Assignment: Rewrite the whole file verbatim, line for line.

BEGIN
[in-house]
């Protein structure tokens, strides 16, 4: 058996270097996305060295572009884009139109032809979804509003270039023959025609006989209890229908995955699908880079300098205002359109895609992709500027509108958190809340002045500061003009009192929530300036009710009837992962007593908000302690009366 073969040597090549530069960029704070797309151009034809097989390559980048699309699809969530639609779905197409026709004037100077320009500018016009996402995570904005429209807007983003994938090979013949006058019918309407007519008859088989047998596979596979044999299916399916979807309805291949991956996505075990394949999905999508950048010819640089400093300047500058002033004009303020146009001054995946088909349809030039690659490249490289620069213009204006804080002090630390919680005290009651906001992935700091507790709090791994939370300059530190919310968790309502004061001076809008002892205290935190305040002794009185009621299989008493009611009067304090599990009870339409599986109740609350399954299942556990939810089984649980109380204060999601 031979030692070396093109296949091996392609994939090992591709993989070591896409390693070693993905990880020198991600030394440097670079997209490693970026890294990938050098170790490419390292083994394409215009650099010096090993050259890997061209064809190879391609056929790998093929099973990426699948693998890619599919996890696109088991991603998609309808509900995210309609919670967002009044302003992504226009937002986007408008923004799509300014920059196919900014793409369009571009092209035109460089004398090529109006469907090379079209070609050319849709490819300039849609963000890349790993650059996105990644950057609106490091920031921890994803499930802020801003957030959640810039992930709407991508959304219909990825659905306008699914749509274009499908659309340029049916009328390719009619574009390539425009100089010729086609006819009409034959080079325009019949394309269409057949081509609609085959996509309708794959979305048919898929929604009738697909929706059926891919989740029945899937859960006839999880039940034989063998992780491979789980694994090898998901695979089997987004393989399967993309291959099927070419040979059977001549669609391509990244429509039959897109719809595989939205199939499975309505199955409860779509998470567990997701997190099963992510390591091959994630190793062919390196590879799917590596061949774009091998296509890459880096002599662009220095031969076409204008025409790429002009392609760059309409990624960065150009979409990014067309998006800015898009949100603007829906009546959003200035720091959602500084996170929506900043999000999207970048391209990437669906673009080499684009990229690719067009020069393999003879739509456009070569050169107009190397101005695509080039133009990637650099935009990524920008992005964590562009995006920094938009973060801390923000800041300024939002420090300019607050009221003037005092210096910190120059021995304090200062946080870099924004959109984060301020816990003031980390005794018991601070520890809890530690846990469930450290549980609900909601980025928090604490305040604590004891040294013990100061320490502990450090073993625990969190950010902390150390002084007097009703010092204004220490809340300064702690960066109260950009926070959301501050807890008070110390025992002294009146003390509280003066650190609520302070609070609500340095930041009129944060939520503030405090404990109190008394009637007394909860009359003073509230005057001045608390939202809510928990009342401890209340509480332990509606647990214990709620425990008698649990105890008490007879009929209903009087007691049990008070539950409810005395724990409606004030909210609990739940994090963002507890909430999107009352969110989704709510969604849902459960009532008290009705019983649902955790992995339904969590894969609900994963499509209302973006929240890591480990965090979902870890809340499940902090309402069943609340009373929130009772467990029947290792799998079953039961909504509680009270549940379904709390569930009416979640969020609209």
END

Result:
[in-house]
């Protein structure tokens, strides 16, 4: 058996270097996305060295572009884009139109032809979804509003270039023959025609006989209890229908995955699908880079300098205002359109895609992709500027509108958190809340002045500061003009009192929530300036009710009837992962007593908000302690009366 073969040597090549530069960029704070797309151009034809097989390559980048699309699809969530639609779905197409026709004037100077320009500018016009996402995570904005429209807007983003994938090979013949006058019918309407007519008859088989047998596979596979044999299916399916979807309805291949991956996505075990394949999905999508950048010819640089400093300047500058002033004009303020146009001054995946088909349809030039690659490249490289620069213009204006804080002090630390919680005290009651906001992935700091507790709090791994939370300059530190919310968790309502004061001076809008002892205290935190305040002794009185009621299989008493009611009067304090599990009870339409599986109740609350399954299942556990939810089984649980109380204060999601 031979030692070396093109296949091996392609994939090992591709993989070591896409390693070693993905990880020198991600030394440097670079997209490693970026890294990938050098170790490419390292083994394409215009650099010096090993050259890997061209064809190879391609056929790998093929099973990426699948693998890619599919996890696109088991991603998609309808509900995210309609919670967002009044302003992504226009937002986007408008923004799509300014920059196919900014793409369009571009092209035109460089004398090529109006469907090379079209070609050319849709490819300039849609963000890349790993650059996105990644950057609106490091920031921890994803499930802020801003957030959640810039992930709407991508959304219909990825659905306008699914749509274009499908659309340029049916009328390719009619574009390539425009100089010729086609006819009409034959080079325009019949394309269409057949081509609609085959996509309708794959979305048919898929929604009738697909929706059926891919989740029945899937859960006839999880039940034989063998992780491979789980694994090898998901695979089997987004393989399967993309291959099927070419040979059977001549669609391509990244429509039959897109719809595989939205199939499975309505199955409860779509998470567990997701997190099963992510390591091959994630190793062919390196590879799917590596061949774009091998296509890459880096002599662009220095031969076409204008025409790429002009392609760059309409990624960065150009979409990014067309998006800015898009949100603007829906009546959003200035720091959602500084996170929506900043999000999207970048391209990437669906673009080499684009990229690719067009020069393999003879739509456009070569050169107009190397101005695509080039133009990637650099935009990524920008992005964590562009995006920094938009973060801390923000800041300024939002420090300019607050009221003037005092210096910190120059021995304090200062946080870099924004959109984060301020816990003031980390005794018991601070520890809890530690846990469930450290549980609900909601980025928090604490305040604590004891040294013990100061320490502990450090073993625990969190950010902390150390002084007097009703010092204004220490809340300064702690960066109260950009926070959301501050807890008070110390025992002294009146003390509280003066650190609520302070609070609500340095930041009129944060939520503030405090404990109190008394009637007394909860009359003073509230005057001045608390939202809510928990009342401890209340509480332990509606647990214990709620425990008698649990105890008490007879009929209903009087007691049990008070539950409810005395724990409606004030909210609990739940994090963002507890909430999107009352969110989704709510969604849902459960009532008290009705019983649902955790992995339904969590894969609900994963499509209302973006929240890591480990965090979902870890809340499940902090309402069943609340009373929130009772467990029947290792799998079953039961909504509680009270549940379904709390569930009416979640969020609209």